Walking In Someone Else’s Shoes

During my recent time in the hospital, I reconnected with an old friend from high school. Shawn visited just about every day. We reminisced about our time in high school. He remembered the times when I was belittled and sometimes bullied because of some of my challenges, from my speech that sometimes prevented me from getting the words out that I wanted to say to my appearance because of my scoliosis. Shawn wondered how I let that roll off my back and continued to smile through everything.

I explained to him my reasoning behind my personality.

Just think about what must be happening in THEIR lives, I said. They must have been bullied themselves, either at home or in school. I never took anything anyone did or said to me personally. I did my best and still do my best to see bullying and belittlement from another perspective. I put myself in their shoes. I feel bad for them, because just think about all that negative energy they carry around with them. It has to be released in some way. And unfortunately, many of us don’t have a constructive way to do so. To my advantage, I found my creative outlet.

 

I spent my nights after dinner while in school writing. That became my outlet. It was how I released my own negative energy. And it worked for me. If I hadn’t had that, who knows?  I don’t think I’d have ever become a bully having experienced it myself all through grammar school and high school to a degree. I always had too much empathy to to consider belittling anyone.

 

I found it fascinating to talk to Shawn again after all the years that passed between us. He seemed to recall more examples of my being intimidated while in high school. Sometimes others see something happening when we don’t. I KNOW there were definitely times when I felt belittled, however I always felt more distress for those doing the intimidating. I kept thinking about their lives. What must they be going through?

 

That probably won’t work in today’s socially connected world where a single thought or post can be seen by your entire tribe, your friends, your frenemies and anyone else. I was also fortunate to have friends such as Shawn.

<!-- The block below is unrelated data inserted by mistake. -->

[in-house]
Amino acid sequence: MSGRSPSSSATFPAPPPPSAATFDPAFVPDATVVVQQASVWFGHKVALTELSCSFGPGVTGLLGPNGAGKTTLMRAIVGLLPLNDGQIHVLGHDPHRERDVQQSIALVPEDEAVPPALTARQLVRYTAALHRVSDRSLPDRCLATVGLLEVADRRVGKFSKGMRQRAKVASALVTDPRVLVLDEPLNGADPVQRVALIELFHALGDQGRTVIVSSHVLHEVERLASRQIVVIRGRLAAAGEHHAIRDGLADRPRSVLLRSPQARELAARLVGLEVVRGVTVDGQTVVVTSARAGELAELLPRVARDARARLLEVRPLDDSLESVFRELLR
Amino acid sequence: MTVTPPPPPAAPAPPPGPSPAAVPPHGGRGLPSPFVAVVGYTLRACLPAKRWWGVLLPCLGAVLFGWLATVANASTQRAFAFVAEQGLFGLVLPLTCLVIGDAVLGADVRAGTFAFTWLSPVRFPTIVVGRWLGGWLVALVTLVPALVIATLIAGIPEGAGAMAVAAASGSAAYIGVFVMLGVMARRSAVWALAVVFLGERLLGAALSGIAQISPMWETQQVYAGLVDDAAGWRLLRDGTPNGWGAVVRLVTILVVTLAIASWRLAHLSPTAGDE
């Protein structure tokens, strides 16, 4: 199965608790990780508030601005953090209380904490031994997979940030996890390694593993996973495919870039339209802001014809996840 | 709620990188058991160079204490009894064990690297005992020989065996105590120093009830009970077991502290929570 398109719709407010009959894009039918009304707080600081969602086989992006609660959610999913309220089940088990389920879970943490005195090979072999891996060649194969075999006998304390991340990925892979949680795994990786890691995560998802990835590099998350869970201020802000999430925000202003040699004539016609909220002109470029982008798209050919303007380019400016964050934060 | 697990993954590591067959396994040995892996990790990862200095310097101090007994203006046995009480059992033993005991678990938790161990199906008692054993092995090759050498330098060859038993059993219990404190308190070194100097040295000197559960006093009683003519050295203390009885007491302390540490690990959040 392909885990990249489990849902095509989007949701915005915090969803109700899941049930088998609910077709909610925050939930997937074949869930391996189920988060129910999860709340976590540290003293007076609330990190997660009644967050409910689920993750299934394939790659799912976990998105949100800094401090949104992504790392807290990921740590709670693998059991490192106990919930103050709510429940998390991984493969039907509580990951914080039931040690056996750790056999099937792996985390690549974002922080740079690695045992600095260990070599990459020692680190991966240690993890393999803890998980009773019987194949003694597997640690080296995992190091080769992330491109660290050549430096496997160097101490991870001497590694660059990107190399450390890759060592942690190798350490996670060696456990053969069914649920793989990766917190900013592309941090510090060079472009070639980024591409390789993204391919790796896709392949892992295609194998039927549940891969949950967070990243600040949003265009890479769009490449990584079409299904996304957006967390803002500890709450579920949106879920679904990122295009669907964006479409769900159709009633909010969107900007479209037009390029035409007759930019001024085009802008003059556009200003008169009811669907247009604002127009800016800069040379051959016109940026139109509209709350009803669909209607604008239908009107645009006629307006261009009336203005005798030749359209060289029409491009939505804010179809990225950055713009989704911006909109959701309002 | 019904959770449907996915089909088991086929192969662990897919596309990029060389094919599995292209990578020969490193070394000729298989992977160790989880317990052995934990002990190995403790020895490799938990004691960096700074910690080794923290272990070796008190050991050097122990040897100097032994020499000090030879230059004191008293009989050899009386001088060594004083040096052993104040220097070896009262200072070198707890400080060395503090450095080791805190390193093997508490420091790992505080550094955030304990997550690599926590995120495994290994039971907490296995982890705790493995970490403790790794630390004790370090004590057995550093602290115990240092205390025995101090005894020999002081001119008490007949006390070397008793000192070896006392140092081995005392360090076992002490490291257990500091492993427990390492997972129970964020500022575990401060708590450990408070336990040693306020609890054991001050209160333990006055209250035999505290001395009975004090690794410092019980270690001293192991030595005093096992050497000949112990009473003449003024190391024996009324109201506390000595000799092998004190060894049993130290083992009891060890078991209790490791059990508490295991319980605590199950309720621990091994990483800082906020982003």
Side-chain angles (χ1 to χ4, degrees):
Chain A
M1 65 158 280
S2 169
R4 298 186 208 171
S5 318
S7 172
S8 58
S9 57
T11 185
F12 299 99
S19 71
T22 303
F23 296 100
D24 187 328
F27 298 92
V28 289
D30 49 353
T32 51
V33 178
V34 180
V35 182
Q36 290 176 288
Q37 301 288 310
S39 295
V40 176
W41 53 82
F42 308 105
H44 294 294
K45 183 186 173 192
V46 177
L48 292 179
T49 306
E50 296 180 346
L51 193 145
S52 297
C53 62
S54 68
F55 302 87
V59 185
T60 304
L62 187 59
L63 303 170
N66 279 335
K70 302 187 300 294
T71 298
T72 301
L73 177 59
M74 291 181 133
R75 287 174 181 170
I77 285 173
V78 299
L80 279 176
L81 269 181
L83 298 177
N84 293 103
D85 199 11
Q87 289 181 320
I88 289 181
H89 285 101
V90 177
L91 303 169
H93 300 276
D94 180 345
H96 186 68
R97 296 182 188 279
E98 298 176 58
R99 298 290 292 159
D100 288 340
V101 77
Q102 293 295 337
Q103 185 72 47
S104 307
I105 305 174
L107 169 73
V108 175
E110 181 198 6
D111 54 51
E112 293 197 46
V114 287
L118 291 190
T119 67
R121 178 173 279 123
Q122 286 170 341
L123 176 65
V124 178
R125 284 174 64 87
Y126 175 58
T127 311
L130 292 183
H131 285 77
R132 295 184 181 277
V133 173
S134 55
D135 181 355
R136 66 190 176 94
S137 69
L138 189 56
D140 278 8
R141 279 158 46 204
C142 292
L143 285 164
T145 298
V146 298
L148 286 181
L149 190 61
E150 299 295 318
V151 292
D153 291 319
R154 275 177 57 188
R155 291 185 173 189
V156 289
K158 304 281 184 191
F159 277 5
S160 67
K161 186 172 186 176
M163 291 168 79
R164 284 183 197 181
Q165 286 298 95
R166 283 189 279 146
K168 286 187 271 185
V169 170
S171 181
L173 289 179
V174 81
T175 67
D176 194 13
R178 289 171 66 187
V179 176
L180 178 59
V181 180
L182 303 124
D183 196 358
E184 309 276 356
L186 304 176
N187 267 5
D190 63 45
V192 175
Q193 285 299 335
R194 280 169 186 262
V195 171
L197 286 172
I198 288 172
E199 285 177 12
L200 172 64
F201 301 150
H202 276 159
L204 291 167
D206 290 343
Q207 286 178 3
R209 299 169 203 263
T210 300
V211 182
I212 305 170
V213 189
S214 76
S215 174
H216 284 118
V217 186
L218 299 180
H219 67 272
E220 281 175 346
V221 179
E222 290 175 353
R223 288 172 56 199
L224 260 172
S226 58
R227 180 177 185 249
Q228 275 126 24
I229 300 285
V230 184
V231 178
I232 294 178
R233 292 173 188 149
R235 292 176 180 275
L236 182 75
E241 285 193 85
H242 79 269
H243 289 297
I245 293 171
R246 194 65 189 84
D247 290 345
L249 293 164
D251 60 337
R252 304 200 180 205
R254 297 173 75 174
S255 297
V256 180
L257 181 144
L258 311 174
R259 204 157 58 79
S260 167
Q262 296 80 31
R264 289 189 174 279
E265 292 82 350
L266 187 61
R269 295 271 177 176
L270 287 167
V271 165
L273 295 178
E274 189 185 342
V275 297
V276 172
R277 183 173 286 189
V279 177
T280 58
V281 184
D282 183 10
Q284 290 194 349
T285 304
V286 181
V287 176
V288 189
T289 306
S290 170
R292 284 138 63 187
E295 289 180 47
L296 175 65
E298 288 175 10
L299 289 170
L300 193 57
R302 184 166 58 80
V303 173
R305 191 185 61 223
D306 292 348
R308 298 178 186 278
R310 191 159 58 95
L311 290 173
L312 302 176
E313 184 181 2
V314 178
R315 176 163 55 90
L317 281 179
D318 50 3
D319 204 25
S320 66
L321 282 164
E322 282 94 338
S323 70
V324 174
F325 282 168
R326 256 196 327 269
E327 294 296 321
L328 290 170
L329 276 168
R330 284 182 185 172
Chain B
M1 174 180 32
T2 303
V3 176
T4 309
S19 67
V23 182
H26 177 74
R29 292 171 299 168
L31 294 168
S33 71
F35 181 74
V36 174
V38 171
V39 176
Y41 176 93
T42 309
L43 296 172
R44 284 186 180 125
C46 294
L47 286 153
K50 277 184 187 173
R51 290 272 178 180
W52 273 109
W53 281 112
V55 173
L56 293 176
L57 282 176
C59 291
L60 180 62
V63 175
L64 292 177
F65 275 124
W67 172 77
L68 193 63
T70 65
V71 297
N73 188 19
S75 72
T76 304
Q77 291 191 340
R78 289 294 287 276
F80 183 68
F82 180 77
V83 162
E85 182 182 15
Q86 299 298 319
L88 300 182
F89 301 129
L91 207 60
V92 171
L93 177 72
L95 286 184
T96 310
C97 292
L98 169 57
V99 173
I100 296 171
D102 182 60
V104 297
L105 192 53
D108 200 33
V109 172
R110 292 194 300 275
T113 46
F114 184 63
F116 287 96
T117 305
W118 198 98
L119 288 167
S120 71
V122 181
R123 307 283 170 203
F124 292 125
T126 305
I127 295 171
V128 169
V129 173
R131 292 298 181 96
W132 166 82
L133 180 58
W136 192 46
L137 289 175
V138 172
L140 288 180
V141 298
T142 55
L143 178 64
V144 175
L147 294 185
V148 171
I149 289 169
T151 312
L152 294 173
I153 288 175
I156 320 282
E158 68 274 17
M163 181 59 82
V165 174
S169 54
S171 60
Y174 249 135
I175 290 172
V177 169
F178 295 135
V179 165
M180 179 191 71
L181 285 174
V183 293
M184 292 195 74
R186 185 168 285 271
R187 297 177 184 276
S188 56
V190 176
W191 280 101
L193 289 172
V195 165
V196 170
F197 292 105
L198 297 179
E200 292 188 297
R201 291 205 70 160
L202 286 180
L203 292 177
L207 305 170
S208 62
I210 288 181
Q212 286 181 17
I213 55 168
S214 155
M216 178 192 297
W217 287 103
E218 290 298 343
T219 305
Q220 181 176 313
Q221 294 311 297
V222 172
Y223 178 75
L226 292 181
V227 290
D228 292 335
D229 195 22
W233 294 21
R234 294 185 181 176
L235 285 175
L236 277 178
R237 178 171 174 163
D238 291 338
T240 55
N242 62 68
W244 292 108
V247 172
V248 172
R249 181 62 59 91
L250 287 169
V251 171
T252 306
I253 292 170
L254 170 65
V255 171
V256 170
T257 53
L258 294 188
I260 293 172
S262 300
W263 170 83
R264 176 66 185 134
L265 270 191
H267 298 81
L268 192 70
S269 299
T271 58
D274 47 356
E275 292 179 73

Jack Whaley was another such friend I made the first day in the eighth grade. People who took the time to get to know me beyond my outward challenges. I’m grateful for all my friends. But of all my high school friends, having Shawn visit me while I spent so much time in the hospital this winter really touched me. Listening to him relate some stories about his experience with seeing me be intimidated rocked my world because in some cases I don’t recall it happening. But once he’d leave, I would reflect on it and then I’d remember. Oh yeah, I’d think. That DID occur.

 

Bullying has taken on an entirely new dimension and we can no longer just turn to our friends to help and we can’t simply put ourselves in the bully’s shoes. There’s too much of it happening today.  The connected world has made life easier and more challenging at the same time. It’s sad that people still feel the need to intimidate others. I still can’t help but think about the lives they have.  

 

Being empathetic is who I am.  And it’s how I made it through my school age years. Maybe if more people looked at life that way we wouldn’t have so much ugly threatening. Am I being too naive?

 

Be Happy!  Be Well! Be Positive!
Blessings to you.

Chris

Once you realize that life is eternal,
That our souls our eternal,
That we return to light and physical over and over;
We then lose all our distress
We then lose all our fear of dying.  For there truly is no end.

 

3 thoughts on “Walking In Someone Else’s Shoes

  1. Great article Chris! It could be said that we now have leadership is this country that flagrantly bullies to get their way. i agree that more empathy is needed! Stop seeing everyone as the enemy. Last two Super Soul Sundays I watched, David Brooks: The Quest for a Moral Life and Sister Joan Chittister: The Time is Now both talked about how isolated we have become as a society and how we need to start reconnecting with each other. I’d say empathy is a big part of that.

  2. You’re not being naive, Chris, you’re being who you are – a caring person with a big heart! I’ve always assumed, too, that bullies are that way because there is so much negativity going on in their own lives – yes, it’s right to feel sorry for them, and to pray for them. The social media presence does make it so much easier to intimidate others, and that is so very sad to me.
    Blessings to you always!

  3. You post reminds me of this story. Contact Sports